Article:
Equally, check if any failed or missed payments are true. If you can prove they are incorrect or you just want to add a note of correction to the file to explain these, contact both the credit lender and credit reference agency in question.
It’s best to avoid using standing orders to pay bills. If it’s a trusted regular payment – think your rent, phone bill or energy payment – always set up a Direct Debit. Even the most organised person can make a mistake, resulting in a late payment being registered and your credit score decreasing.
Experian, Equifax and TransUnion are the three main Credit Reference Agencies. Every lender/finance provider reports to at least one of the main agencies, so it’s important to check your credit report with as many as possible to find out if there are any inaccuracies.
If you have a joint account or credit agreement with another person, like your partner or spouse, you could be financially linked. This means that if one of you has poor credit, the other person could be affected too. I’ve seen high earners/eligible customers with no previous credit issues be declined due to an association with a partner who has a poor credit score.
There are a number of ways to get round this – savings accounts don’t show on your credit report because you’re not borrowing any money, so you and your other half could open one of those instead. Just be wary of opening an account where you can borrow money, as it could show on your report.
If you find you’re linked to your partner and it’s having a negative effect, you can close the account and get in touch with the credit reference agencies to ask them to remove it. It can take up to 2 months to update your credit report.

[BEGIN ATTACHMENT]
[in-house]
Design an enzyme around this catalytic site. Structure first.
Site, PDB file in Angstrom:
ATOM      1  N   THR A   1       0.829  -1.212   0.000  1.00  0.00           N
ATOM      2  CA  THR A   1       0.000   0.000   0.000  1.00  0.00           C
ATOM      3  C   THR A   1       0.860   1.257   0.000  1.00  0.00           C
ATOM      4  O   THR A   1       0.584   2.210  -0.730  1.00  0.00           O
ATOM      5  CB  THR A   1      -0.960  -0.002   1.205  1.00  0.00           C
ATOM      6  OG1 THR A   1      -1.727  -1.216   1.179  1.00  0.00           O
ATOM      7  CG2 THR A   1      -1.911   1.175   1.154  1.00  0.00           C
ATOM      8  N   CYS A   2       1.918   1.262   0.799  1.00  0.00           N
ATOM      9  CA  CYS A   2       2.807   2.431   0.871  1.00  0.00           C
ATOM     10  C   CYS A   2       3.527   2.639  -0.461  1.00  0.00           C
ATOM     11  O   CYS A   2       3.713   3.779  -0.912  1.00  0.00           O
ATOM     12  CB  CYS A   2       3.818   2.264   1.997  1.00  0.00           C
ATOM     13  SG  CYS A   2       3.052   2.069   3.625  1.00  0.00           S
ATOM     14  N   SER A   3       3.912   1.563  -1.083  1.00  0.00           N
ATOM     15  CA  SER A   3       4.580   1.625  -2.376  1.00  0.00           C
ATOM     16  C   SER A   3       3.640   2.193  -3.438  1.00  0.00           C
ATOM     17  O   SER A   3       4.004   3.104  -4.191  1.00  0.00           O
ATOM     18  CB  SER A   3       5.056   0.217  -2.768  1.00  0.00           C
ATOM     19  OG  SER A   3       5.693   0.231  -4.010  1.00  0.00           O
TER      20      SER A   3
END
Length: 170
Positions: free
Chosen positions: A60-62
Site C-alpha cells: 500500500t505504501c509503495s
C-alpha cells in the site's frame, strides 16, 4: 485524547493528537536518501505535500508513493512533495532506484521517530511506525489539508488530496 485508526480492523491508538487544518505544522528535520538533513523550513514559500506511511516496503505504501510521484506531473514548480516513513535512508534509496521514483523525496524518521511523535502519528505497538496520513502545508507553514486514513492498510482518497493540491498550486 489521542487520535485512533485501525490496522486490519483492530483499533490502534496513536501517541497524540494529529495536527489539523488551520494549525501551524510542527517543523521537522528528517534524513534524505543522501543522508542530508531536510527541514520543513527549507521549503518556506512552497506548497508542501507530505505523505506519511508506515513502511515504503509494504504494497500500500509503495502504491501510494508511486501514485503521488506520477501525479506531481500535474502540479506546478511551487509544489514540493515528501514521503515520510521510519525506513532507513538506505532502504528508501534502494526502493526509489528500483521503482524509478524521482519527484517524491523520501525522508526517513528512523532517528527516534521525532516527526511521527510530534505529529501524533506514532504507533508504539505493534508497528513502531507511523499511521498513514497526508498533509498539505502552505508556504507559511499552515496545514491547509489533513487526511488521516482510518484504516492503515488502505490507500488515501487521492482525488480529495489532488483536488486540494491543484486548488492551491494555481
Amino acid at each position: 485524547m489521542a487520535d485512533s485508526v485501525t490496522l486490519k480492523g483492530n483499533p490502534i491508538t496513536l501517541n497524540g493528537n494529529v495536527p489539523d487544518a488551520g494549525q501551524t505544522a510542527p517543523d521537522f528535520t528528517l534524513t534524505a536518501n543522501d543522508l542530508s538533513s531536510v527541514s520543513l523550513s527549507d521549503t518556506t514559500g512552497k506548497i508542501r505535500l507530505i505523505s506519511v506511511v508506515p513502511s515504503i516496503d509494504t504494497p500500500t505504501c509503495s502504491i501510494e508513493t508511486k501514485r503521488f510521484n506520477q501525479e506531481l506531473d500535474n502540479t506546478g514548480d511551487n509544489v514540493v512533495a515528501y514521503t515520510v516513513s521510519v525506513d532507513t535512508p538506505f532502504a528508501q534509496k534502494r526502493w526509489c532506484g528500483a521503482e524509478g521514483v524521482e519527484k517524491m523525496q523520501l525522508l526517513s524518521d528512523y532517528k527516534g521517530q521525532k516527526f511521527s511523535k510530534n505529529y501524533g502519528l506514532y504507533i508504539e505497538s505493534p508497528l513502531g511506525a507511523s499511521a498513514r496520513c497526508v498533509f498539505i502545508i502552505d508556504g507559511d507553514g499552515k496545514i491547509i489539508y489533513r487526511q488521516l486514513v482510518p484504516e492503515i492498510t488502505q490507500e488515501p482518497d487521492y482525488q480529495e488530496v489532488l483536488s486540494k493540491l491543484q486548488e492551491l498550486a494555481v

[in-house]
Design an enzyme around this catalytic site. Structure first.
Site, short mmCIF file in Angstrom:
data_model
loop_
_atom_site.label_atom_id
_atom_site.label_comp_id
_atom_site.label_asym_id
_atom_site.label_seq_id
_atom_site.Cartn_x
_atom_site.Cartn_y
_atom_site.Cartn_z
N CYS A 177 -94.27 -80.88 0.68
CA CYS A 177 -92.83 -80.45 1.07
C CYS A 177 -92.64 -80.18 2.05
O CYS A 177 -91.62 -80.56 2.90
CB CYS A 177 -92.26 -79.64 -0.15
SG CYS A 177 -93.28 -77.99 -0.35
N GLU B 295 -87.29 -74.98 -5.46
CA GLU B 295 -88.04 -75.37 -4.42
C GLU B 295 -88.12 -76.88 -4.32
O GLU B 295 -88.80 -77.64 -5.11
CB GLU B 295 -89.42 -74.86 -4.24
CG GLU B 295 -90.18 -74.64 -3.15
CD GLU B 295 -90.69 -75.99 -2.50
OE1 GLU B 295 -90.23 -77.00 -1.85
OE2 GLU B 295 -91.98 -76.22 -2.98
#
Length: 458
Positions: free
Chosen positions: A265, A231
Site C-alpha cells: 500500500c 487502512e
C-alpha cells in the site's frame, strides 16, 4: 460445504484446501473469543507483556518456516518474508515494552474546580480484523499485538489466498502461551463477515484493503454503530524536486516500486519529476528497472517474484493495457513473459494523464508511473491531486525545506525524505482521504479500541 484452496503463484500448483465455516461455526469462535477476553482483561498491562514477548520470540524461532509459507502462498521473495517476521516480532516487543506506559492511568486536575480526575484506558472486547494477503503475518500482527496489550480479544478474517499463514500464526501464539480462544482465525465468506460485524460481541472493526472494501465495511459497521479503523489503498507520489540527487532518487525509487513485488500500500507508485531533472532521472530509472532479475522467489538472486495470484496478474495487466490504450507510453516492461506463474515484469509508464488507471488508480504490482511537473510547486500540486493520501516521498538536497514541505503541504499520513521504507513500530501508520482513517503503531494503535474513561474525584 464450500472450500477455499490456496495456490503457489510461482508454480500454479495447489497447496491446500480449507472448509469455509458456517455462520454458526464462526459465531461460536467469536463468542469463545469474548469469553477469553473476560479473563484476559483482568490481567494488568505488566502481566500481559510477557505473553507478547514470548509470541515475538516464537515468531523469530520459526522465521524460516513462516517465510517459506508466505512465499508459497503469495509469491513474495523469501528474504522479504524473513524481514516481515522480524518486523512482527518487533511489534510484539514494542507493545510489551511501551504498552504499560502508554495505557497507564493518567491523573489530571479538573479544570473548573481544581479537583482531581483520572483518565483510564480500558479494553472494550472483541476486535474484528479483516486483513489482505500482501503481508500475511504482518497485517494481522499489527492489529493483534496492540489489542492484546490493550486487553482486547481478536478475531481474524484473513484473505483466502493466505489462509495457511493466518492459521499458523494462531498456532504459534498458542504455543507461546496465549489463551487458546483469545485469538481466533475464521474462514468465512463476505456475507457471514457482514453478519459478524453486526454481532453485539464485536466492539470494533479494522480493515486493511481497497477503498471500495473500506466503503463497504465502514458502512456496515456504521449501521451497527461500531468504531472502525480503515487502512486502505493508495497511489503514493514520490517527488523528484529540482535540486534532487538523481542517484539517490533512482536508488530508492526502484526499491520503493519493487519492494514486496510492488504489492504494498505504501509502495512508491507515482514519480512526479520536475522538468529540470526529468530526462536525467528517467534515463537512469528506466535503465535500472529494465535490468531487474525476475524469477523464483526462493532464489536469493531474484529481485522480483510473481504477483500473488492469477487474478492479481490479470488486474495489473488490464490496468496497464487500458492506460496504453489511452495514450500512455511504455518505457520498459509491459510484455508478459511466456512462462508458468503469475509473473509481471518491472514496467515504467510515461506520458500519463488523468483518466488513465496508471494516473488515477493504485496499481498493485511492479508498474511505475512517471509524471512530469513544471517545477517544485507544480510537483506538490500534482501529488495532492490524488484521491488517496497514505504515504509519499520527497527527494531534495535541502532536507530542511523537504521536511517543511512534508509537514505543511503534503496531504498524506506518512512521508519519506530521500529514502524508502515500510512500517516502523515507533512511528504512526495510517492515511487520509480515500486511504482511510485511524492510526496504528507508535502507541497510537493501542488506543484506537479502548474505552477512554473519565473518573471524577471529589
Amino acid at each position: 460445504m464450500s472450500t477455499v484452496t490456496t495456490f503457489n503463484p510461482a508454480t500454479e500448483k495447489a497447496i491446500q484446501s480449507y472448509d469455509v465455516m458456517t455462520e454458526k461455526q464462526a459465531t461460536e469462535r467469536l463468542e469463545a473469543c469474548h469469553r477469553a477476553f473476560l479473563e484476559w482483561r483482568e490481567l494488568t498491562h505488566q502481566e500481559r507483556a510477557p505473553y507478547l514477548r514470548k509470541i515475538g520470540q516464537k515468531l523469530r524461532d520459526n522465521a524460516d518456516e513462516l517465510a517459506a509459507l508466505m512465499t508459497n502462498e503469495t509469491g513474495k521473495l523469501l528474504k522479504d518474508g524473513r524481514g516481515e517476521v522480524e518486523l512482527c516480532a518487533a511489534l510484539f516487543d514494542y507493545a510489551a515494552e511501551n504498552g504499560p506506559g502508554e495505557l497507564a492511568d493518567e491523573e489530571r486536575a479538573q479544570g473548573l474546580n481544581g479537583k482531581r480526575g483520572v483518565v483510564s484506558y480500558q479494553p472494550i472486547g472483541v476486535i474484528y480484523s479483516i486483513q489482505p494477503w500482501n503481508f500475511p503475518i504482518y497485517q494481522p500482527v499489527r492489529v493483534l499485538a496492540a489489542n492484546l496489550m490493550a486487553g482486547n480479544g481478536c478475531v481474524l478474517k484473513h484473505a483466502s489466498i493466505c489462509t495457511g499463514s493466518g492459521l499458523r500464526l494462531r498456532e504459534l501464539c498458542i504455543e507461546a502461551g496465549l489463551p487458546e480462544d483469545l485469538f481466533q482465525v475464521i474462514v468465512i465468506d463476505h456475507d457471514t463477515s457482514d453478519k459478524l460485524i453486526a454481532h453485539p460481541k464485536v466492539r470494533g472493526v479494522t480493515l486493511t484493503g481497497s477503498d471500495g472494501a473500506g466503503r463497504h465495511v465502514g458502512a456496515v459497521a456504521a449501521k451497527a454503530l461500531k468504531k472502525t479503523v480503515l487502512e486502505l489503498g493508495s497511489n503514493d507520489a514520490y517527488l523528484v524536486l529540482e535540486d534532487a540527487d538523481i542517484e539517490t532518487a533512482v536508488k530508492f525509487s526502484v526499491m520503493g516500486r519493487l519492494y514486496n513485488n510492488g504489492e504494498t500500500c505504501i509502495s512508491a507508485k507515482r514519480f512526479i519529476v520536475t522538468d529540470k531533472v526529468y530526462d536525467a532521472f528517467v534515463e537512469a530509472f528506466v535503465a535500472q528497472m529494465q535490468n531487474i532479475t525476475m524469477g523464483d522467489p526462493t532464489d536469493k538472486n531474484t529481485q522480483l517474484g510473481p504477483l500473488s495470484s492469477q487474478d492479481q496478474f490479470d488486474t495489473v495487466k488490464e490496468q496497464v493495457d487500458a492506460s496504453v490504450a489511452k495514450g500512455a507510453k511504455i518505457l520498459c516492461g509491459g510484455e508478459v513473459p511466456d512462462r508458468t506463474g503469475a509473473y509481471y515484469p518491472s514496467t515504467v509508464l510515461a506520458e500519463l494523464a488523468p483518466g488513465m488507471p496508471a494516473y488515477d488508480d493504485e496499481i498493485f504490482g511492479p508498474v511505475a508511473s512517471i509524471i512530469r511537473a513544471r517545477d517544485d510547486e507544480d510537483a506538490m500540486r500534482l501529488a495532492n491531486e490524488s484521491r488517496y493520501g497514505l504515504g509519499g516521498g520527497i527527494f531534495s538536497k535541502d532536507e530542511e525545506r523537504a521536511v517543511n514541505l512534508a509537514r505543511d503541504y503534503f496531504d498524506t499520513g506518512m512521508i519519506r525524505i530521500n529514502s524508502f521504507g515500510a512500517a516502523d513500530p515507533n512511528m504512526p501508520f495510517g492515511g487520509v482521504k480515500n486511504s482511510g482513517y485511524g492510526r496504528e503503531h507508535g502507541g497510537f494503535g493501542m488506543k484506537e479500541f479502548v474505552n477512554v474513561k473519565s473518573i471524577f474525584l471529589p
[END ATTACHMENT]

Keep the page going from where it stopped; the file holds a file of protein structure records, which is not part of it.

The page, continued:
Make sure you’re on it, and keep your address updated if you move. Easy.
Remember, your credit score or report isn’t the be all and end all. When you come to apply for a mortgage, most lenders will look at your income compared to your debt to see if they’re comfortable with your existing level of borrowing.
If your debt to income ratio is too high, your application could be declined, even if your credit score is perfect, so make sure you’re borrowing within your means.
You can wait the 7 or 10 years it takes for bankruptcy to fully slip off your credit file.
Or you can try a specialist mortgage lender.
You'll be asked to pay a higher rate of interest, but if you can afford the repayments, it can actually help improve your credit rating over time.
Supposing the score is less than it should be (or non-existent) - how do you make it better?
First, you can try spending a little on a credit card each month, such as £50-£100 and repaying the full amount on time.
Special ‘credit builder’ cards can do the job just fine but be warned: they carry higher than average interest rates. If you fail to pay off the balance in full, you’ll start racking up more debt that could make things worse.
Second, keep any steady payments you can afford whilst ditching those you can’t.
Third, tiny changes can prove a benefit, such as registering on the electoral roll and ensuring your addresses on old accounts are up to date.
Here's a few other articles you may find useful.
Want to see what skeletons are in the financial closet? It's pretty easy to do and can be the difference to getting a mortgage or not.